I have noticed that some US STAR procedures include (slightly) different number of waypoints, depending on which source material is consulted. Take for example the CAMRN4 STAR and its corresponding description from the legacy files provided by FAA. In the legacy files, the reporting point GAMBY is mentioned between KARRS and CAMRN, whereas in the published information it is omitted.

S0095 NW N3905438W07448012SIE SIE.CAMRN4 CAMRN FOUR

S0095 R N3924521W07427171BOTON K6 S0095 R N3934583W07416141HOGGS K6

S0095 R N3940336W07410055PANZE K6

S0095 R N3950271W07359096KARRS K6

S0095 R N4000222W07352083GAMBY K6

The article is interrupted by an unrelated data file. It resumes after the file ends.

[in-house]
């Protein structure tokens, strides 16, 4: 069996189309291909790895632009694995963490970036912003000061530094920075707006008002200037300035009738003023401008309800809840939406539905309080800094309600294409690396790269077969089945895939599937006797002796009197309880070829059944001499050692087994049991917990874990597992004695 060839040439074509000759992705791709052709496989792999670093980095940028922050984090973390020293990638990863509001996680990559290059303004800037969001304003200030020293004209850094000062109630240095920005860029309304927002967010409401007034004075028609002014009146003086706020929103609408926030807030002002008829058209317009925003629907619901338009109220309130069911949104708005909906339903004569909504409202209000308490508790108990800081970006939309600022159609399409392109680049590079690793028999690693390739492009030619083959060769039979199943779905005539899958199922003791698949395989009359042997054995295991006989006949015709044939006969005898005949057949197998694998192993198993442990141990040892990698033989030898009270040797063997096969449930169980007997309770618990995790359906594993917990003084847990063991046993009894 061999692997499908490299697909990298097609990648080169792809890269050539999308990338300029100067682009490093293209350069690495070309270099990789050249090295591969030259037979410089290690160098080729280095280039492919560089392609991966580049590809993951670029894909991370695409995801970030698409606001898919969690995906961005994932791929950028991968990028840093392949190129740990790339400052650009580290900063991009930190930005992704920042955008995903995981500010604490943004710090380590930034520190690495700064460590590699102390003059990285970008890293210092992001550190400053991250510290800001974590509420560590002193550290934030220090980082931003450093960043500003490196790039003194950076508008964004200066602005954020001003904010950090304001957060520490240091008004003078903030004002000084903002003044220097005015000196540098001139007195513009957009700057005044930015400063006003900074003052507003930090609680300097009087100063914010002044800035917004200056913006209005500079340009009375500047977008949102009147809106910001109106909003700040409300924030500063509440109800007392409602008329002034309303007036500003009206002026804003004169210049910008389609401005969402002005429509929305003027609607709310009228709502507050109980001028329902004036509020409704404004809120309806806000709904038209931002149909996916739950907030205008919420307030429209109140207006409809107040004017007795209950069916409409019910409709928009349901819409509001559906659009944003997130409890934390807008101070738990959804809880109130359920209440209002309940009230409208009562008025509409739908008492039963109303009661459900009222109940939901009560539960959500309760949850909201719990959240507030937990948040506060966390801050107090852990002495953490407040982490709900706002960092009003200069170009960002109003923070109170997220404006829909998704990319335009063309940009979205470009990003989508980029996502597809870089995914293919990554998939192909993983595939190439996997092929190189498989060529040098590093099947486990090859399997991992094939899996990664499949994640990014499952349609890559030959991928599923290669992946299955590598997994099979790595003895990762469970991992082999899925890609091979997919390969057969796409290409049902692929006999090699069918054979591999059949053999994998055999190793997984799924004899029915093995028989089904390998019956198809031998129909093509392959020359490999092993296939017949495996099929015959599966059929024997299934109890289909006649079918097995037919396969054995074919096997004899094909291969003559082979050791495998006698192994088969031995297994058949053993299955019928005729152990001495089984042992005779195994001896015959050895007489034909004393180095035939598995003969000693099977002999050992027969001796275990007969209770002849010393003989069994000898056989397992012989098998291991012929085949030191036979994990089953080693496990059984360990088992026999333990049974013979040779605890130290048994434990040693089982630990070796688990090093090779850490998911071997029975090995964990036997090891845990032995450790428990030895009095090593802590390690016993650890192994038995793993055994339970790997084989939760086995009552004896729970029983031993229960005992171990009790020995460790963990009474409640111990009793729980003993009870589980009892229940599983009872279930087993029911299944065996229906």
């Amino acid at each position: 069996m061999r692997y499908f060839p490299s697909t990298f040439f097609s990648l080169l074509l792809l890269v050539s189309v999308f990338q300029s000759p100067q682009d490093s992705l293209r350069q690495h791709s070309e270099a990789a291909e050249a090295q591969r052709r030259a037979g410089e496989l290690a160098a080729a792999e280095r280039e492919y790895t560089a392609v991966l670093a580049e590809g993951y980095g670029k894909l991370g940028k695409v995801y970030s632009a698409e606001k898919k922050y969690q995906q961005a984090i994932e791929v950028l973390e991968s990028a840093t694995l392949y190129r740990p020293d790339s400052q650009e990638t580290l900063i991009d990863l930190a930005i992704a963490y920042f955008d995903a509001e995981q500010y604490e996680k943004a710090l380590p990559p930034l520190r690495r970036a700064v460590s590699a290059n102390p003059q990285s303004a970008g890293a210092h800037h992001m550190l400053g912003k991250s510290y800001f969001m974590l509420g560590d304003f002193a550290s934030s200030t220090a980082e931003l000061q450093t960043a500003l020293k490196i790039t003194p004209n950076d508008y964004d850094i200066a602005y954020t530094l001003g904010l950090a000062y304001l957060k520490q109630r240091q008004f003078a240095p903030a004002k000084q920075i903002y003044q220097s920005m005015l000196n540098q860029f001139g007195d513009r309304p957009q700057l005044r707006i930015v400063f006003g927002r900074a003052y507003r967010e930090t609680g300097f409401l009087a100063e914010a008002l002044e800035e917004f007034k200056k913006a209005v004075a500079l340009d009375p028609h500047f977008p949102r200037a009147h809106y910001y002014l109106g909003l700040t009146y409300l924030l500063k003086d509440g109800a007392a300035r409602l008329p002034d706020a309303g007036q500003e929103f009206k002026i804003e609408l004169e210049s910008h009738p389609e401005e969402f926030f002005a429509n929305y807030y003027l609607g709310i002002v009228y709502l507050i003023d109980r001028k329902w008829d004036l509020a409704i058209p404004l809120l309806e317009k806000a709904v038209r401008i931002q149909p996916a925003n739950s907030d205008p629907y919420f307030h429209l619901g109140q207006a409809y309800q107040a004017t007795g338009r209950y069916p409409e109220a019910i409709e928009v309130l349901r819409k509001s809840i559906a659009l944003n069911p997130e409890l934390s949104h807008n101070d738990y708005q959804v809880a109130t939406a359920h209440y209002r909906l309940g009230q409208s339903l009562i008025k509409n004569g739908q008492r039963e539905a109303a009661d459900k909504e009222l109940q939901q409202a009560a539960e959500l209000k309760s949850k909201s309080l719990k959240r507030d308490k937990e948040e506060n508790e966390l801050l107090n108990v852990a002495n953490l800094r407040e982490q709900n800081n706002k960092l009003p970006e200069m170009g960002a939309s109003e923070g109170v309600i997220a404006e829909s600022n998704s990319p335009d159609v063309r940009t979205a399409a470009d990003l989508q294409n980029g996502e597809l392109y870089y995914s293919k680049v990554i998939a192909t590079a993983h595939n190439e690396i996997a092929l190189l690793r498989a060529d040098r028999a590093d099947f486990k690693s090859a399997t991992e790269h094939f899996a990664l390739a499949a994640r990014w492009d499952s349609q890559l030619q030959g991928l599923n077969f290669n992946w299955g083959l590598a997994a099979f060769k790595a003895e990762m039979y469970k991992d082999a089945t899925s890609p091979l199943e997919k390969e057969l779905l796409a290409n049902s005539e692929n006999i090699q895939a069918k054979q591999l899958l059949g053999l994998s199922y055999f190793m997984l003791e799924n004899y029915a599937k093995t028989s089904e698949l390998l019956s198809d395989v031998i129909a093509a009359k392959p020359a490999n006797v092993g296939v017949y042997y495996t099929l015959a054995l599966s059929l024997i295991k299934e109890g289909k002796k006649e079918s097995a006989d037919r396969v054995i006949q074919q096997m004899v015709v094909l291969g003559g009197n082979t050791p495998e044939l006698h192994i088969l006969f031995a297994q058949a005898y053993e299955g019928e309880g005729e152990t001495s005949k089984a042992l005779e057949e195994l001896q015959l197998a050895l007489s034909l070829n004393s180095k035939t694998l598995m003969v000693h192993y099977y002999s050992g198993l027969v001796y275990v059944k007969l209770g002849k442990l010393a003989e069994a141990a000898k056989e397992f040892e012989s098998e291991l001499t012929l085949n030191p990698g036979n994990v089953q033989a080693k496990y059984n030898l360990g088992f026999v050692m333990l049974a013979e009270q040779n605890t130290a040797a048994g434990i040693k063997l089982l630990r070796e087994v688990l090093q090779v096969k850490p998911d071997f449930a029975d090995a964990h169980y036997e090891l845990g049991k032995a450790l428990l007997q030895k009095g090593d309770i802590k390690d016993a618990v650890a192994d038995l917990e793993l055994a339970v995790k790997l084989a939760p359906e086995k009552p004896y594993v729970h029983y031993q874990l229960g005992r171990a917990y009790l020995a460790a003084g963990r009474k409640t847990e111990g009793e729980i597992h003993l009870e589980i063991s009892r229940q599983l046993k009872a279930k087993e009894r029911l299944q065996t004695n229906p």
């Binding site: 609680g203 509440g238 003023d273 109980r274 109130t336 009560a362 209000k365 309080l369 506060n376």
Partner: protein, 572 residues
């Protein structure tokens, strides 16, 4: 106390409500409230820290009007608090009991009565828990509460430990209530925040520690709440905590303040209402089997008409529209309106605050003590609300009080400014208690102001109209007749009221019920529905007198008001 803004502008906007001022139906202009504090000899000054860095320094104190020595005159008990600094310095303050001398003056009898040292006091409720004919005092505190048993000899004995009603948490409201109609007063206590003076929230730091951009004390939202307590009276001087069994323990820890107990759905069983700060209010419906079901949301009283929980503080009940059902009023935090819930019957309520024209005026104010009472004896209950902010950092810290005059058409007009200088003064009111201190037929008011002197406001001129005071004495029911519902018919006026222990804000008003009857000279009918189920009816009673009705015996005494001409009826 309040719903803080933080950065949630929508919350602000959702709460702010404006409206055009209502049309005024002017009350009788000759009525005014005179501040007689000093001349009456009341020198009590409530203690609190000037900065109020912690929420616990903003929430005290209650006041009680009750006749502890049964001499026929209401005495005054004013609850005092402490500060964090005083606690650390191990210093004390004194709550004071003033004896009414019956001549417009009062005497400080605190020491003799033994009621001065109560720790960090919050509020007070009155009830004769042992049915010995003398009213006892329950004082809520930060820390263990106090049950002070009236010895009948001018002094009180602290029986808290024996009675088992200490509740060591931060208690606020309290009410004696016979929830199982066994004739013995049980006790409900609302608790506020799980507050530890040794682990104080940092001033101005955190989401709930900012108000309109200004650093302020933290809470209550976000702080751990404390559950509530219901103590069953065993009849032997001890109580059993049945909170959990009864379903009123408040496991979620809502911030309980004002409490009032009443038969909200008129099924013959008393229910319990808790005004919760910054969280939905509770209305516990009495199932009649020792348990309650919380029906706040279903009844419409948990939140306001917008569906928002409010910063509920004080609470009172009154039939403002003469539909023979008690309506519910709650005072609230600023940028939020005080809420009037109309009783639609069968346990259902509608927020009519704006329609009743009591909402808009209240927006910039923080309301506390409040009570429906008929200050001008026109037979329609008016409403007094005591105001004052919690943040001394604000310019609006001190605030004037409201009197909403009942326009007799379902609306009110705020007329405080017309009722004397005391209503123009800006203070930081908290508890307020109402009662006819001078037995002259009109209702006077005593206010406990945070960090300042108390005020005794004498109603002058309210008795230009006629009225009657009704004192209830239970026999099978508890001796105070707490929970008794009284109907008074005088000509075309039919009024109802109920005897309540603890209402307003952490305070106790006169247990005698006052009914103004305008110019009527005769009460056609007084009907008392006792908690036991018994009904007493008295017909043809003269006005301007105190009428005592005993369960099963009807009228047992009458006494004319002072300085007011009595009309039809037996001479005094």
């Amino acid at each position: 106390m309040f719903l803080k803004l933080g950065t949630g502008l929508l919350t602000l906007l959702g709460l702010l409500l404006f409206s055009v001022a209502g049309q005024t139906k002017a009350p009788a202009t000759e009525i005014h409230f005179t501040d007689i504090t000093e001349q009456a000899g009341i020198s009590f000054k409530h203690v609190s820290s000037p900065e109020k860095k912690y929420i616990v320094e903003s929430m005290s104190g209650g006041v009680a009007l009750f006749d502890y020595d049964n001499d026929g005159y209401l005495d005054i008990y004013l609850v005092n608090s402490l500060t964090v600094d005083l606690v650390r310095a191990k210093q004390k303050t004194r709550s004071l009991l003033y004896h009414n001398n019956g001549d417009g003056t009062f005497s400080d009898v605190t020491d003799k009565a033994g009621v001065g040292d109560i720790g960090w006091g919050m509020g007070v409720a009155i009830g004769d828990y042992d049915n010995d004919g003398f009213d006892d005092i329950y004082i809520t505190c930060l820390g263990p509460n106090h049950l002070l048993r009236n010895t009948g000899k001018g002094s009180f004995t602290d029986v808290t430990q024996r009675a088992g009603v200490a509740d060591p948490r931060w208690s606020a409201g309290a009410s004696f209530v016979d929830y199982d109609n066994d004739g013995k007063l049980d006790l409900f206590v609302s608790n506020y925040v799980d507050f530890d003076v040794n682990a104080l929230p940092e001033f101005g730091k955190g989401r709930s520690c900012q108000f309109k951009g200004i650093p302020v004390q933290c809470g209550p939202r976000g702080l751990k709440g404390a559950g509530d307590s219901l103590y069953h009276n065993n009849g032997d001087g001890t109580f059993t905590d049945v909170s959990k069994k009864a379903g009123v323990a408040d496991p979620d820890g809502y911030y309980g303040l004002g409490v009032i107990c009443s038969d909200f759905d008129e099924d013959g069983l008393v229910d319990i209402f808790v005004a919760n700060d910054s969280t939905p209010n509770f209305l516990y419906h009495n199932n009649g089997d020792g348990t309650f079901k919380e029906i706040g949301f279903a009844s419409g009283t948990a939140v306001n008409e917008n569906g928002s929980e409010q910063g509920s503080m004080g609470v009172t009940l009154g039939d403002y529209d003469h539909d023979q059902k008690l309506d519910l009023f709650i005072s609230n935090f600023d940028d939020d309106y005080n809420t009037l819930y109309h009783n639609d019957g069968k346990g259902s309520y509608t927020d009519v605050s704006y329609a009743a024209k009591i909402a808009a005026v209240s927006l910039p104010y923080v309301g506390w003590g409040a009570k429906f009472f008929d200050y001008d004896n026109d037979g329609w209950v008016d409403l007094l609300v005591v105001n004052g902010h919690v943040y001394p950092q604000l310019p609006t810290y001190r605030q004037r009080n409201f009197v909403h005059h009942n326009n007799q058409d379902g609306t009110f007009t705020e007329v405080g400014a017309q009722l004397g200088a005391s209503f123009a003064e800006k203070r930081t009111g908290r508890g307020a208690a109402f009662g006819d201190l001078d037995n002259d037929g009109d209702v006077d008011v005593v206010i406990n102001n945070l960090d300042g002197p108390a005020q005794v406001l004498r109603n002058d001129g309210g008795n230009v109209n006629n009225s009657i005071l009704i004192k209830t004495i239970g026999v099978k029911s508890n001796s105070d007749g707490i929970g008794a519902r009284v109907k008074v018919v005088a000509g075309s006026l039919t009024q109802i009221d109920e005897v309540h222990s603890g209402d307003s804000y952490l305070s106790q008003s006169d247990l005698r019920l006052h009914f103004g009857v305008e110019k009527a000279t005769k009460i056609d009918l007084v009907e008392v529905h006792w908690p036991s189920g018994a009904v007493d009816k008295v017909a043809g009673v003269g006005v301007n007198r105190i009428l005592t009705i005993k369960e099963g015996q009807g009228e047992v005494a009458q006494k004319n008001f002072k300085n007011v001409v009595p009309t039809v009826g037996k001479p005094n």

S0095 R N4001023W07351398CAMRN K6

S0095 AA N4043436W07324483FRG

S0095 AA N4038237W07346433JFK

Is there a reason for this or have I misunderstood something?

  • 1
    $\begingroup$ your first link is 404 broken. edit second link also leads to "not found" $\endgroup$
    – Max Power
    Commented Aug 25, 2019 at 3:20

1 Answer 1


Revisions are made to improve traffic flow, adjust for infrastructure(eg local airport change in number of flights or nav beacon decommissioned), simplify procedures for pilots and ATC, or address some other routing conflict or safety issue. This is why IFR charts and terminal procedures are only valid for two months.

For example there is a victor airway near here that had its MEA raised from 3000 to 5000 because it was discovered that at the lower altitudes something was causing the VOR signal to bend significantly and planes were getting dangerously close to a mountain, I think they may have even had a couple of crashes.


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